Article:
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Products for grant ZH-258466-18

ZH-258466-18
Expanding Impact of Undergraduate Research: Literary Undergraduate Research at the University of West Georgia and Beyond
Leah Haught, University of West Georgia

Grant details: https://securegrants.neh.gov/publicquery/main.aspx?f=1&gn=ZH-258466-18

2018 Undergraduate Research Conference and LURe Release (Conference/Institute/Seminar)
Title: 2018 Undergraduate Research Conference and LURe Release
Abstract: Come listen to students present compelling talks about literature, film, and philosophy.
Date Range: October 11, 2018
Location: University of West Georgia Campus Center

2019 Undergraduate Research Conference and LURe Release (Conference/Institute/Seminar)
Title: 2019 Undergraduate Research Conference and LURe Release
Abstract: Come listen to students present compelling talks about literature, film, and philosophy.
Date Range: October 24, 2019
Location: University of West Georgia Campus Center

ENGL 4304: Advanced Writing in Disciplines (Course or Curricular Material)
Title: ENGL 4304: Advanced Writing in Disciplines
Author: Kevin Casper
Author: Leah Haught
Abstract: How do we process language and intention? What patterns and strategies are employed by readers and writers across disciplines to effectively give or exchange information with different audiences? This course approaches these questions from the perspective that writing well and communicating productively is of paramount importance in the professional world. Feedback from Fortune 500 executives lament the lack of candidates possessing the “soft skills” invaluable to the 21st-century workforce, a workforce where the static, stable skill sets from the past no longer apply in our dynamically changing global economic and cultural landscape. Being “future proof” today means being able to critically and thoughtfully react to unknown and unfamiliar contexts and to reinvent and reimagine our thinking on the fly; this kind of work is what work itself is becoming. Given these high-stakes writing expectations, it’s understandable that some anxiety may linger, even amongst students closing in on graduation, around what it really means to learn to write with an effective style. By pairing a deliberate, technical examination of English language syntax with an applied, productive practice of rhetorical theory, English 4305 will help students become more confident in both their understanding of how the English language functions and their abilities to compose with that language to meet myriad rhetorical purposes. After completing a series of modules focused on specific syntactical patterns and rhetorical strategies, students will apply these refined skills to two practical, professionally oriented analytical projects, thereby empowering them to feel better prepared to start their chosen careers. Thus, students from all departments will benefit from this course’s focused, upper-division study of some of the more technical aspects English language structure and usage, and how this language actually gets applied to critical thinking and writing in the real-world disciplines they are pre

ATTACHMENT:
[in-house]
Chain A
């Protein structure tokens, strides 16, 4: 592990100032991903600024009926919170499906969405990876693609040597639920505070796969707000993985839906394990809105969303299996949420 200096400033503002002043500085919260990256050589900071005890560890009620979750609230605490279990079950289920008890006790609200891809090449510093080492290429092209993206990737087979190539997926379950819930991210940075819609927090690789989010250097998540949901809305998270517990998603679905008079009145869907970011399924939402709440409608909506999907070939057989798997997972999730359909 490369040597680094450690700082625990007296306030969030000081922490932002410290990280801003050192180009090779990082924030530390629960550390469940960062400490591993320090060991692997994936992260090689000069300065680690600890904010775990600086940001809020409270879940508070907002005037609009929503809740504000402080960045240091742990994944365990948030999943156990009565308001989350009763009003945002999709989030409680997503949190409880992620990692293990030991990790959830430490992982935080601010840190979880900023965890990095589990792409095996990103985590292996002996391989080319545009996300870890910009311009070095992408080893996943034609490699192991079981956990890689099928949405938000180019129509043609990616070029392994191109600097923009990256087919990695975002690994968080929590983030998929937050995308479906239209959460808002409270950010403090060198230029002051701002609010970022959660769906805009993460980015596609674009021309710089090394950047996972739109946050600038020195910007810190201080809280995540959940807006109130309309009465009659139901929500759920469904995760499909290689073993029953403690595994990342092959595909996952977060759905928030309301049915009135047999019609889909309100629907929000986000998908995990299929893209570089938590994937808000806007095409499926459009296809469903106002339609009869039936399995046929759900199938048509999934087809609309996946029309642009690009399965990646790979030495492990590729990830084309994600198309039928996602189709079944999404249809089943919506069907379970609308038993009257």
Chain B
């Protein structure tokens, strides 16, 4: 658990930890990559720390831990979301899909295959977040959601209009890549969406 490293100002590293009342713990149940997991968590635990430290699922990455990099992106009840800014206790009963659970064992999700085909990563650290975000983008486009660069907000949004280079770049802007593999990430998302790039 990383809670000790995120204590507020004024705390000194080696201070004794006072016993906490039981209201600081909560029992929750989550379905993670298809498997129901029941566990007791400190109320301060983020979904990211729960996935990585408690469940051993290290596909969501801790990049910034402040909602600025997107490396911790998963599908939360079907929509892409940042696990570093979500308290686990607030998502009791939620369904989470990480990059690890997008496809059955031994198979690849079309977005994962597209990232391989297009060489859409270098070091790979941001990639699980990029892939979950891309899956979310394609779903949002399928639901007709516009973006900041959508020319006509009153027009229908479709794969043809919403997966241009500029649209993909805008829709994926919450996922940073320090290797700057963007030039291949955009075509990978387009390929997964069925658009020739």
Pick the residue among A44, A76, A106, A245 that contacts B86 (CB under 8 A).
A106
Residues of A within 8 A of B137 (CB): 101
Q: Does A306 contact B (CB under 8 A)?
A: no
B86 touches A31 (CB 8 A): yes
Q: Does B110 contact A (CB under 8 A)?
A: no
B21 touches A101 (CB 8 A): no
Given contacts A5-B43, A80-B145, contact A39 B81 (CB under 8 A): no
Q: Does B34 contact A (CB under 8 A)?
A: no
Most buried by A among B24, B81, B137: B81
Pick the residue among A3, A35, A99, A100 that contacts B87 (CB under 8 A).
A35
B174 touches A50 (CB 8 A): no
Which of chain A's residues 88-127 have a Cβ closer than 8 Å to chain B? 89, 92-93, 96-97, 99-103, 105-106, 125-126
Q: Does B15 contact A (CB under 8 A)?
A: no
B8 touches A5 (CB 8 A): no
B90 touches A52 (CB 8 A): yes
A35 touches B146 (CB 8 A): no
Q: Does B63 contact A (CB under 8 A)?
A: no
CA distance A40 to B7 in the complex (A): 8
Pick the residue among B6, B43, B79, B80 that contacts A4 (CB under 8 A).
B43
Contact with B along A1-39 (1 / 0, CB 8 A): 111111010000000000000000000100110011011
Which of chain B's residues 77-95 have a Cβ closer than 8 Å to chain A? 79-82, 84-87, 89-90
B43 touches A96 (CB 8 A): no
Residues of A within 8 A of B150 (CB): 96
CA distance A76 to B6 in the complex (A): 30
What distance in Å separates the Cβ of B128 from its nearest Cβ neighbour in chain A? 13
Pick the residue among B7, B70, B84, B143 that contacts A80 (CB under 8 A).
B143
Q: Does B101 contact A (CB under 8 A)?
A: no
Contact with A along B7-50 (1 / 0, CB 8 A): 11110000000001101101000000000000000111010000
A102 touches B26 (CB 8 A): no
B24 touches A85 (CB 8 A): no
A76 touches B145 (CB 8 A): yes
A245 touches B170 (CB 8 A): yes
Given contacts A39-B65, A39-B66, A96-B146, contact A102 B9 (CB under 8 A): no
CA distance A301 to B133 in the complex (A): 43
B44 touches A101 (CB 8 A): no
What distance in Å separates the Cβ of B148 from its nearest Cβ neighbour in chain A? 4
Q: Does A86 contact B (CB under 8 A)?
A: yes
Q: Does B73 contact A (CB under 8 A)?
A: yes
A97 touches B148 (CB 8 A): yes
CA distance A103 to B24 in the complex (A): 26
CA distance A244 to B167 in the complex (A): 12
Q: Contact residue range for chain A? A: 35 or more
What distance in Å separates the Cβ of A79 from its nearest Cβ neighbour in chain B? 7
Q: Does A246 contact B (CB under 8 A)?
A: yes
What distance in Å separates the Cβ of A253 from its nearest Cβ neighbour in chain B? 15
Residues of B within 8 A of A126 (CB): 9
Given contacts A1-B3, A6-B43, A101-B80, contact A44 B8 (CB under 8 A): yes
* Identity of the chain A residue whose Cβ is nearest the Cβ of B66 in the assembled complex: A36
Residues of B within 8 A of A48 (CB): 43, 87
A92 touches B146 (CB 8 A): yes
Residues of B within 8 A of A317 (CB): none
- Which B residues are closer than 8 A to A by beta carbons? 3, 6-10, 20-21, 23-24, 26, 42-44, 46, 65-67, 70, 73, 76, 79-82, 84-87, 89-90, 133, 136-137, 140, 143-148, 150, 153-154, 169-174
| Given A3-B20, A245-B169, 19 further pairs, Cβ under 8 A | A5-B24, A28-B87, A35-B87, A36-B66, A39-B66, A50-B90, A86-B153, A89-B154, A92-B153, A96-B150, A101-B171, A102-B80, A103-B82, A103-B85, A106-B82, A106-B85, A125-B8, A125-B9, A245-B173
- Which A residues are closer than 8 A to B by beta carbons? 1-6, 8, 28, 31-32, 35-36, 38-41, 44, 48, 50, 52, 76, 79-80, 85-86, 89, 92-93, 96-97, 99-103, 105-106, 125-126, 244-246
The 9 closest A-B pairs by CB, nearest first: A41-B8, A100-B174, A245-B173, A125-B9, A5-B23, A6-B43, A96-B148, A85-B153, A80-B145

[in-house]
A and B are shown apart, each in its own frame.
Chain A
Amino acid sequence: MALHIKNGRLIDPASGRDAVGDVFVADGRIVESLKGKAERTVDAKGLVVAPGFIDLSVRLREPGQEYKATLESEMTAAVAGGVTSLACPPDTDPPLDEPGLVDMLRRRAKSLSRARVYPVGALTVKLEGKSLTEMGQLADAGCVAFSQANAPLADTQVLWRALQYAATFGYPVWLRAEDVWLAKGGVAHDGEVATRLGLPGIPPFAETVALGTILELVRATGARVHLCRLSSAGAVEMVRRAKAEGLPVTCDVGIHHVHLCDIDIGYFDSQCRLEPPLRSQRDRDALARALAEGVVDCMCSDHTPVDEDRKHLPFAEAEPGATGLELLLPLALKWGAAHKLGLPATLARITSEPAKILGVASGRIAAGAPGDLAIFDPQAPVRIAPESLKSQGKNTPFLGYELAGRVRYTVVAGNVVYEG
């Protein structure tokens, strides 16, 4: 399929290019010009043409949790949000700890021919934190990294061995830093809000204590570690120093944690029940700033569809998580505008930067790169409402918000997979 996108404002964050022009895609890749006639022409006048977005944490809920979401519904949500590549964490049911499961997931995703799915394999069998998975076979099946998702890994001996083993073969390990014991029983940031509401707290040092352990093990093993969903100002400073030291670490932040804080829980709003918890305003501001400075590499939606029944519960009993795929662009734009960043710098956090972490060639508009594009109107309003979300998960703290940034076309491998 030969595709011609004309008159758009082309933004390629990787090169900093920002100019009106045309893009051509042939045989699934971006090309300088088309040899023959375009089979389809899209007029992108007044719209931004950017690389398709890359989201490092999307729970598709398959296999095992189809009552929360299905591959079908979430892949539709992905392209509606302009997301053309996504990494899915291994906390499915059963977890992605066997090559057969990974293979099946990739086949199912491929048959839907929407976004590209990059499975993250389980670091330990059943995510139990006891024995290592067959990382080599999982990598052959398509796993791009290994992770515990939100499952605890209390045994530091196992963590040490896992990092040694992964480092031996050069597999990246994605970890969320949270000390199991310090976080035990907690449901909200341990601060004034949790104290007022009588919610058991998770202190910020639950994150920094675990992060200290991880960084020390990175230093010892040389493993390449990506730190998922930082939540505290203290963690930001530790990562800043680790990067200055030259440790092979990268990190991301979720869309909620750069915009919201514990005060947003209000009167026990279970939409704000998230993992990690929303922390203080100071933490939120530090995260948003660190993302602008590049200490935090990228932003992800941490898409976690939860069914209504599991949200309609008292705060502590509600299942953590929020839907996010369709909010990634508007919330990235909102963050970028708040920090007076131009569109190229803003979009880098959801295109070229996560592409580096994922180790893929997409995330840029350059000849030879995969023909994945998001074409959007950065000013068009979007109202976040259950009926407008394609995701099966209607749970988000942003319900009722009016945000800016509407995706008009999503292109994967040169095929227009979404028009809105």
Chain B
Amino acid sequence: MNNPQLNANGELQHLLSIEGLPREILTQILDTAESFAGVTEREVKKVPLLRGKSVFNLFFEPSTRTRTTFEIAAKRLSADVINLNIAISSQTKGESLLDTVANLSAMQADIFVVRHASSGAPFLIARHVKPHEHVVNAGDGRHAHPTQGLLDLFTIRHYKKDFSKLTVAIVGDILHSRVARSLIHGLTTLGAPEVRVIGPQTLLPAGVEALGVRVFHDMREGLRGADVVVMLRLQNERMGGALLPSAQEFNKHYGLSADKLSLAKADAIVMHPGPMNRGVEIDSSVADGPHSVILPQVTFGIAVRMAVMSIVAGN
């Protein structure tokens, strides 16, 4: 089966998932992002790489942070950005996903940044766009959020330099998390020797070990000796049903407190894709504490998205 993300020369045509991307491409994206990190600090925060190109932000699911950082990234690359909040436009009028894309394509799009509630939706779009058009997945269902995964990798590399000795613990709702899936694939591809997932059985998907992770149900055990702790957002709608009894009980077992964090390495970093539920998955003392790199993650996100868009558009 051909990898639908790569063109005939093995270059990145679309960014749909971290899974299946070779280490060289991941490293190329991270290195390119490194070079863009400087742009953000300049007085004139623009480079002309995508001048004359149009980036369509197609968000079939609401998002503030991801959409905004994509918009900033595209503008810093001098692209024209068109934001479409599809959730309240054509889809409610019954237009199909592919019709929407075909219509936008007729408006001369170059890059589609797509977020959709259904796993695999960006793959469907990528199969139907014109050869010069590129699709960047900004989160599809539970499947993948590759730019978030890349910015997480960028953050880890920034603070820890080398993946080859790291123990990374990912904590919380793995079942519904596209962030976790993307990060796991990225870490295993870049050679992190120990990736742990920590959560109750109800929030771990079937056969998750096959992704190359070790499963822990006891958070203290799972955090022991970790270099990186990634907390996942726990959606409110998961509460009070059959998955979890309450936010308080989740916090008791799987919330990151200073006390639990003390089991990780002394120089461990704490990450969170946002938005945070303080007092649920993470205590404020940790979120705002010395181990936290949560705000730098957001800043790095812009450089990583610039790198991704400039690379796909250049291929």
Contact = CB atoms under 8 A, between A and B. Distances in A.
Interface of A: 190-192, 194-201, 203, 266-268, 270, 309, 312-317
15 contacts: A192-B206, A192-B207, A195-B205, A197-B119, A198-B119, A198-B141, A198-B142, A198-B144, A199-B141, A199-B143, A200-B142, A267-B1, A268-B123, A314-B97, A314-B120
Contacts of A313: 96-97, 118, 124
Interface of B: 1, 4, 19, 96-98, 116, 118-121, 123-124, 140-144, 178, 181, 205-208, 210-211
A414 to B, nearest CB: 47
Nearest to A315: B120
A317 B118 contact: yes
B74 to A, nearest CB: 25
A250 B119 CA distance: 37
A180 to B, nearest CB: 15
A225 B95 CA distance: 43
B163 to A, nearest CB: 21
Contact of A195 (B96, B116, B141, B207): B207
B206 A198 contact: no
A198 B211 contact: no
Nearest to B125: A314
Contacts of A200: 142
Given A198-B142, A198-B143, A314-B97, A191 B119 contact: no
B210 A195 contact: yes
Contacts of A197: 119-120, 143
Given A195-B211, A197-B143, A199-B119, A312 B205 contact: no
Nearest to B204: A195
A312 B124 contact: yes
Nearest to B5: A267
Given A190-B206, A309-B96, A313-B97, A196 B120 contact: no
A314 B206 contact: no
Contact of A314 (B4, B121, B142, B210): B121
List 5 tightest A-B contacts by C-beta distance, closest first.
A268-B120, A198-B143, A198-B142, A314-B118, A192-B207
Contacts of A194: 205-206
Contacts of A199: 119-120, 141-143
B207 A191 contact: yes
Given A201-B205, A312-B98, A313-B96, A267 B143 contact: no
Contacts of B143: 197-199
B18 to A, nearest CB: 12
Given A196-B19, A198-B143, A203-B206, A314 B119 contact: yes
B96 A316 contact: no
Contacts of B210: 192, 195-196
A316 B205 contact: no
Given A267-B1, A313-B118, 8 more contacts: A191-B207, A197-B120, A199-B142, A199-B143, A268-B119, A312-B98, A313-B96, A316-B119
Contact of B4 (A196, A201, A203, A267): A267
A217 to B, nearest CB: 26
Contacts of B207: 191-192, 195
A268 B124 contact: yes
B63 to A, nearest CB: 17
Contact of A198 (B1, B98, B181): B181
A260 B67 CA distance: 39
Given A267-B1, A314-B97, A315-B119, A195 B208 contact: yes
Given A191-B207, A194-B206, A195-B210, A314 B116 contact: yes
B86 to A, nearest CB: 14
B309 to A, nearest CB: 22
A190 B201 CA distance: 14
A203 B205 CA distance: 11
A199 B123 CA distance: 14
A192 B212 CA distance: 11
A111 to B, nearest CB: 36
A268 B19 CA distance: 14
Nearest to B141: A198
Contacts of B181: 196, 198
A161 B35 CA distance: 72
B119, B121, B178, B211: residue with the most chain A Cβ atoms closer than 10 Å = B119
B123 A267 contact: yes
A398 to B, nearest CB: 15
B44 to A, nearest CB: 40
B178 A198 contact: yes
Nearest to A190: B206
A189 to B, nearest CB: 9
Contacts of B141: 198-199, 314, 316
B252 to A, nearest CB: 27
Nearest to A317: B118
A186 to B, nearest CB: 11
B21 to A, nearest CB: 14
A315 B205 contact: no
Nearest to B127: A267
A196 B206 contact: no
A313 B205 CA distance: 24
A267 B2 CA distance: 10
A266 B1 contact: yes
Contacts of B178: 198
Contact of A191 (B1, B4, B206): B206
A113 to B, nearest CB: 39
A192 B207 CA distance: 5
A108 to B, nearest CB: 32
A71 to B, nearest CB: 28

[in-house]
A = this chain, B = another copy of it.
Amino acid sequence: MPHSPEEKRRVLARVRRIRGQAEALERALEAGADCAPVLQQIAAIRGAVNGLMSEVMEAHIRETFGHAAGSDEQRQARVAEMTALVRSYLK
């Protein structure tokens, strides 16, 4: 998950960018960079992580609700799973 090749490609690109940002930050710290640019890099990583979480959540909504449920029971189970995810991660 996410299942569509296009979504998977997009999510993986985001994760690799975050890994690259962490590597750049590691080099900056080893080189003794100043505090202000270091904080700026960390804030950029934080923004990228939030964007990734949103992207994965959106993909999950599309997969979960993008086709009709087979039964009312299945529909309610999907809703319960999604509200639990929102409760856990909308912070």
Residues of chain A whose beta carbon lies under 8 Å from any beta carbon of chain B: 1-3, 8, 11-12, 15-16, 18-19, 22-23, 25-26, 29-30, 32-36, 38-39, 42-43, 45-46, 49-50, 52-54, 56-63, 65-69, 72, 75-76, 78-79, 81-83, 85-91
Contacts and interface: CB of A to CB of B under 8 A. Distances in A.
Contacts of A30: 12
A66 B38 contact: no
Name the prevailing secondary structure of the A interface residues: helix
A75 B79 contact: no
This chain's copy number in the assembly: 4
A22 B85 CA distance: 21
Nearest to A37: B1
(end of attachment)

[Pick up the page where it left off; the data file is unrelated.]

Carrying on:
Year: 2020
Audience: Undergraduate


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